director, Oral History Research Center at UNLV Libraries. Dr. Michael Green, professor of history, College of Southern Nevada, will serve as the panel moderator.

The evening will begin with a meet-and-greet with the panelists for Neon Museum members only at 5 p.m. Doors will open to the public at 5:30 p.m. and the program will begin promptly at 6 p.m.

What follows is an excerpt from the book, “Spectacular – A History of Las Vegas Neon,” authored by Melissa Johnson, Carrie Schomig and Dorothy Wright and published by the Neon Museum, about the Moulin Rouge:

At a time when all of the hotels on the Las Vegas Strip were racially segregated, the Moulin Rouge Casino opened in West Las Vegas in May 1955. In the Las Vegas Review-Journal, advertisements billed the Rouge as “the nation’s first major inter-racial hotel.”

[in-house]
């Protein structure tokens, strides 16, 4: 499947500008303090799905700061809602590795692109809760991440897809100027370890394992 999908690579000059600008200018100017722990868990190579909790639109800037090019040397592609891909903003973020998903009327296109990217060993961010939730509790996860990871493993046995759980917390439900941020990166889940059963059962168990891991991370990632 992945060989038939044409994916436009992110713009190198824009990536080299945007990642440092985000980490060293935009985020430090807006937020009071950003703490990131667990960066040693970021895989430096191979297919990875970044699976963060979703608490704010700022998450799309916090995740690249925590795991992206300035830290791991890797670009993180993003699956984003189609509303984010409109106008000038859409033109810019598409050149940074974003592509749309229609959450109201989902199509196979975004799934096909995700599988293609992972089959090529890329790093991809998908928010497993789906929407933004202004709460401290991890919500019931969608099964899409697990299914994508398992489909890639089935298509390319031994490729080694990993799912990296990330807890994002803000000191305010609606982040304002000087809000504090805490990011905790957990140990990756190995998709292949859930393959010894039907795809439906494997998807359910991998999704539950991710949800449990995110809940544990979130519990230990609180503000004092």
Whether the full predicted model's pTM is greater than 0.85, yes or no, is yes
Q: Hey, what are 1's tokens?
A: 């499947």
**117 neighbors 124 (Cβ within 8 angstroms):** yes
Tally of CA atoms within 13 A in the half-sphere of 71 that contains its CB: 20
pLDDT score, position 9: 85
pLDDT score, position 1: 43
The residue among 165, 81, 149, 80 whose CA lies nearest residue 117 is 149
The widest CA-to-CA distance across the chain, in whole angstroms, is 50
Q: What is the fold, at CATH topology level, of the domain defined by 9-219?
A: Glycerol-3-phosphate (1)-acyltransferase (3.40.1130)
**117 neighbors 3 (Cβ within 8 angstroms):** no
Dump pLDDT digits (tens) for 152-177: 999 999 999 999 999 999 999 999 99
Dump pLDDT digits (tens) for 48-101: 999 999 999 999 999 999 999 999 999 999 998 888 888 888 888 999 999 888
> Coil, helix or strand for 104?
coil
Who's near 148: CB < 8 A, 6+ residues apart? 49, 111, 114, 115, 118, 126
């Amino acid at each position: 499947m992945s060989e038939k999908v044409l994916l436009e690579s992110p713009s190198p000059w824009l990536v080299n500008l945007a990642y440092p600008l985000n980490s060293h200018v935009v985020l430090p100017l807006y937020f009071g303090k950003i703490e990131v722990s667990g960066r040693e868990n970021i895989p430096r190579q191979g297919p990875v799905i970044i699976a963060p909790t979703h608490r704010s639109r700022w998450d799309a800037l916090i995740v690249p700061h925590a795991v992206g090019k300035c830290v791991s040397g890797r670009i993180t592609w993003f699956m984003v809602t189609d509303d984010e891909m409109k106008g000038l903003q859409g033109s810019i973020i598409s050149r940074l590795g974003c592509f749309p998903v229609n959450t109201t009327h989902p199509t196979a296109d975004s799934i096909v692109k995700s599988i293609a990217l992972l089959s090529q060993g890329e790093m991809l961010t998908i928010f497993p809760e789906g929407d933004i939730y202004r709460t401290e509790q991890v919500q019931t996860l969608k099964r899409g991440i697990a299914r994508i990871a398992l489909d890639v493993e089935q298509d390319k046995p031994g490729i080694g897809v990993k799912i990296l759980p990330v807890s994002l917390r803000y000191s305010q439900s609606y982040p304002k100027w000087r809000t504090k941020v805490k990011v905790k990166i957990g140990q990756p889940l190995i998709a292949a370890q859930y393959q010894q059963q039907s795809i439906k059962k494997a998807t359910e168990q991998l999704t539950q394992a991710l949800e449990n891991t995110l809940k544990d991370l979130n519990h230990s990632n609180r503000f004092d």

Unlike the other casinos, black entertainers and guests could stay at  Moulin  Rouge.  Heavyweight  champion  Joe  Louis  greeted visitors, and from the start, the club had sold-out shows that attracted A-list entertainers such as Pearl Bailey, Harry Belafonte, Tallulah Bankhead, Nat King Cole, and Sammy Davis, Jr. The Moulin Rouge’s sign featured stylized, cursive script and was designed by Western Neon’s Betty Willis. Despite the casino’s success, the Moulin Rouge shut down after only five months of operation under uncertain circumstances. After remaining shuttered for nearly fifty years, the building burned in 2003. The Moulin Rouge’s characteristically stylish neon signage, however, survived the blaze and is in the Neon Museum’s Boneyard.